Updated Guidelines for Fetal Alcohol Spectrum Disorders

Beth Skwarecki

July 28, 2016

Updated clinical guidelines for diagnosing fetal alcohol spectrum disorders, field-tested in evaluations of 10,000 children in the United States, South Africa, and Europe, provide more detail on learning and behavioral deficits and include a new flowchart and a photographic guide for lip and philtrum morphology. The new recommendations update guidelines previously issued in 2005.

"We feel that these are practical and can be applied in your office," H. Eugene Hoyme, MD, from Sanford Research and the Department of Pediatrics at Sanford School of Medicine at the University of South Dakota, Sioux Falls, and the Center for Applied Genetics and Genomic Medicine and Department of Pediatrics at the University of Arizona, Tucson, told Medscape Medical News. Dr Hoyme and colleagues published the guidelines online July 27 in Pediatrics.

"We recommend these diagnoses being done by a multidisciplinary team: not just physicians but also therapists and psychologists and so on. And so we feel that because we have all of these different inputs of data into the team, you want to cast a broad net right at the beginning in terms of not missing kids," Dr Hoyme said. He considers the new guidelines to be similar to, but more sensitive than, Canadian guidelines developed independently and issued last year.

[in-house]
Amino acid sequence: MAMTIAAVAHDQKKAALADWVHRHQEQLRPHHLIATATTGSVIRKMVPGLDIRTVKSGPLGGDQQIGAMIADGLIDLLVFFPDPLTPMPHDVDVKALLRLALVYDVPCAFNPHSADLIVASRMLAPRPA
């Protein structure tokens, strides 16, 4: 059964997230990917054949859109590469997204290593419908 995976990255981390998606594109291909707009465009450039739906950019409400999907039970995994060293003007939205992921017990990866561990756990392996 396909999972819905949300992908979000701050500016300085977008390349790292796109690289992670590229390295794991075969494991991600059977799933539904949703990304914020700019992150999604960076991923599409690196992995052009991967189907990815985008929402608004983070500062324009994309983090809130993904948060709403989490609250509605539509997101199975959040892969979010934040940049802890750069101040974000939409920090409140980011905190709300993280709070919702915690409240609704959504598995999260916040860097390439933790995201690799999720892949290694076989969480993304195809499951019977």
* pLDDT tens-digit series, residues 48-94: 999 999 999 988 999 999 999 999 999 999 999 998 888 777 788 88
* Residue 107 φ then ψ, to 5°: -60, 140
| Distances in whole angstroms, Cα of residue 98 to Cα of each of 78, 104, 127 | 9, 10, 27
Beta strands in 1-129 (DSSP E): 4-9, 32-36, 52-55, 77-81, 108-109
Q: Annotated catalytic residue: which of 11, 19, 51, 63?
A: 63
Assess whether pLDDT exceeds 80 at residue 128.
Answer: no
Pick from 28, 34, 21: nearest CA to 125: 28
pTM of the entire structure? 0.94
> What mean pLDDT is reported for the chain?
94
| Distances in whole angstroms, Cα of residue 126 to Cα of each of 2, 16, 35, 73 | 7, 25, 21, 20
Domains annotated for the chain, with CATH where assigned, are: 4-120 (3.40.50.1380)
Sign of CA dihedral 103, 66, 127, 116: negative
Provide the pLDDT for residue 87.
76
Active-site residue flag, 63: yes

In addition to evaluating the child, the new guidelines recommend carefully interviewing the child's mother about her alcohol consumption, beginning with more general questions about the child's health and then narrowing the focus to alcohol during and before pregnancy. The definition of alcohol exposure may include at least six drinks per week during at least 2 weeks of pregnancy, or at least three drinks per occasion on two or more occasions.

After assessing maternal alcohol intake, the guidelines recommend evaluating facial features. A positive result includes two of the following three criteria: short palpebral fissures, smooth philtrum, and thin vermilion border of the upper lip. If either this test or maternal alcohol intake are positive, the guidelines' flowchart recommends a neuropsychology evaluation.

The new guidelines are "much more specific" than the previous ones about what kinds of neurological and behavioral involvement to look for, in each of the disorders on the spectrum, and what tests to use, Dr Hoyme said. For example, fetal alcohol syndrome requires global impairment or at least one neurobehavioral domain 1.5 standard deviations below the mean. The guidelines also include a time line of the emergence of different developmental deficits, giving information on what to look for in infants, toddlers, and school-age children.

The authors have disclosed no relevant financial relationships.

Pediatrics. Published online July 27, 2016. Abstract

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